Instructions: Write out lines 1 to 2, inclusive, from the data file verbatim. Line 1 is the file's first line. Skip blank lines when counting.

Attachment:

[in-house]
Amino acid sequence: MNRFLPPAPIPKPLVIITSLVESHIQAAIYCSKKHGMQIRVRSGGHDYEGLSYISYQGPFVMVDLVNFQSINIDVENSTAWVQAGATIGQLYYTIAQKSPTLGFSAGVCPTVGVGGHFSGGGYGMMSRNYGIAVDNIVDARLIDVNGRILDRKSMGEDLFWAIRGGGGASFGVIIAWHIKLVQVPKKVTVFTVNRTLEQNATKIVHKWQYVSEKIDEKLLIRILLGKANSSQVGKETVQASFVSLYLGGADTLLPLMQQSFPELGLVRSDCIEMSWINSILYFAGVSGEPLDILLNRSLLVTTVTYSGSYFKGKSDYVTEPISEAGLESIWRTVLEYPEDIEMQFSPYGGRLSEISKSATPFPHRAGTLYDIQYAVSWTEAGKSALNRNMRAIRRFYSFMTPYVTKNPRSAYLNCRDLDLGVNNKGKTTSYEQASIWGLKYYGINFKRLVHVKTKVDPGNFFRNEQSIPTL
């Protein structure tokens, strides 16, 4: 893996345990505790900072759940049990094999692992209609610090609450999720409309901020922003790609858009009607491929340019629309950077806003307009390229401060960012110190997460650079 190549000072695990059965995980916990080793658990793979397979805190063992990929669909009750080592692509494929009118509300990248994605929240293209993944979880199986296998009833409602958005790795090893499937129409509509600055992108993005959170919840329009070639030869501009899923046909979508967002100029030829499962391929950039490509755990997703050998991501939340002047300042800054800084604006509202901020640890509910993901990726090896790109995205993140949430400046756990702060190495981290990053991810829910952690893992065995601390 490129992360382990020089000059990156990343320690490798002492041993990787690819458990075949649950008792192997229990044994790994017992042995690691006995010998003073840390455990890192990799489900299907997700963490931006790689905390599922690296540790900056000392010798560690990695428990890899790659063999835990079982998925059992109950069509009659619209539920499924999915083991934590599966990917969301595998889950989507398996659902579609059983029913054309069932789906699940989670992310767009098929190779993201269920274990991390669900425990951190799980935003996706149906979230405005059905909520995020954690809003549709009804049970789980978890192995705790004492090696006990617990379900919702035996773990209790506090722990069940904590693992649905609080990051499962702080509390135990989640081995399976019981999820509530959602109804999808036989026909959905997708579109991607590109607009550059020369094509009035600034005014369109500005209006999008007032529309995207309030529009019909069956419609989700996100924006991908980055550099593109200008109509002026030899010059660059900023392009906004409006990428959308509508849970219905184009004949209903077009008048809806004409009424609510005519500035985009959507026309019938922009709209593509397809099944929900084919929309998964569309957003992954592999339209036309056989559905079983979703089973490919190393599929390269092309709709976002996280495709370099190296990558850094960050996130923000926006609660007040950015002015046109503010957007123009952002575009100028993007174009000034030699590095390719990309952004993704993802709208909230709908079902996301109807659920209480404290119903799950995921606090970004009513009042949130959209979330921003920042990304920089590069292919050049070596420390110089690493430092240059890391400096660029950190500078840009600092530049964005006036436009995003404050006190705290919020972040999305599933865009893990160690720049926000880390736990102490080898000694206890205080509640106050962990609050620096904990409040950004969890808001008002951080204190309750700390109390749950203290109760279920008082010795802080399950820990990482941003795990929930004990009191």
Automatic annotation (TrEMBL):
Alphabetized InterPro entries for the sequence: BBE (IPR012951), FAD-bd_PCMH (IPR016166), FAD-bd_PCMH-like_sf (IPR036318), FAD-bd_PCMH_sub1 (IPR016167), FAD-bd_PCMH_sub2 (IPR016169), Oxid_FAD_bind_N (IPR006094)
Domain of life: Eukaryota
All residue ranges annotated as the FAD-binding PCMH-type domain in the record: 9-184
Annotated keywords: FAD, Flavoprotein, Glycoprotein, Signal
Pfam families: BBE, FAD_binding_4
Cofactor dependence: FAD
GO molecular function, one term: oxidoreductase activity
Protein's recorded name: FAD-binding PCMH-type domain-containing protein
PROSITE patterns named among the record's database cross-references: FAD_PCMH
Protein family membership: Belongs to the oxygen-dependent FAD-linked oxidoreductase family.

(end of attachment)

[in-house]
Amino acid sequence: MNRFLPPAPIPKPLVIITSLVESHIQAAIYCSKKHGMQIRVRSGGHDYEGLSYISYQGPFVMVDLVNFQSINIDVENSTAWVQAGATIGQLYYTIAQKSPTLGFSAGVCPTVGVGGHFSGGGYGMMSRNYGIAVDNIVDARLIDVNGRILDRKSMGEDLFWAIRGGGGASFGVIIAWHIKLVQVPKKVTVFTVNRTLEQNATKIVHKWQYVSEKIDEKLLIRILLGKANSSQVGKETVQASFVSLYLGGADTLLPLMQQSFPELGLVRSDCIEMSWINSILYFAGVSGEPLDILLNRSLLVTTVTYSGSYFKGKSDYVTEPISEAGLESIWRTVLEYPEDIEMQFSPYGGRLSEISKSATPFPHRAGTLYDIQYAVSWTEAGKSALNRNMRAIRRFYSFMTPYVTKNPRSAYLNCRDLDLGVNNKGKTTSYEQASIWGLKYYGINFKRLVHVKTKVDPGNFFRNEQSIPTL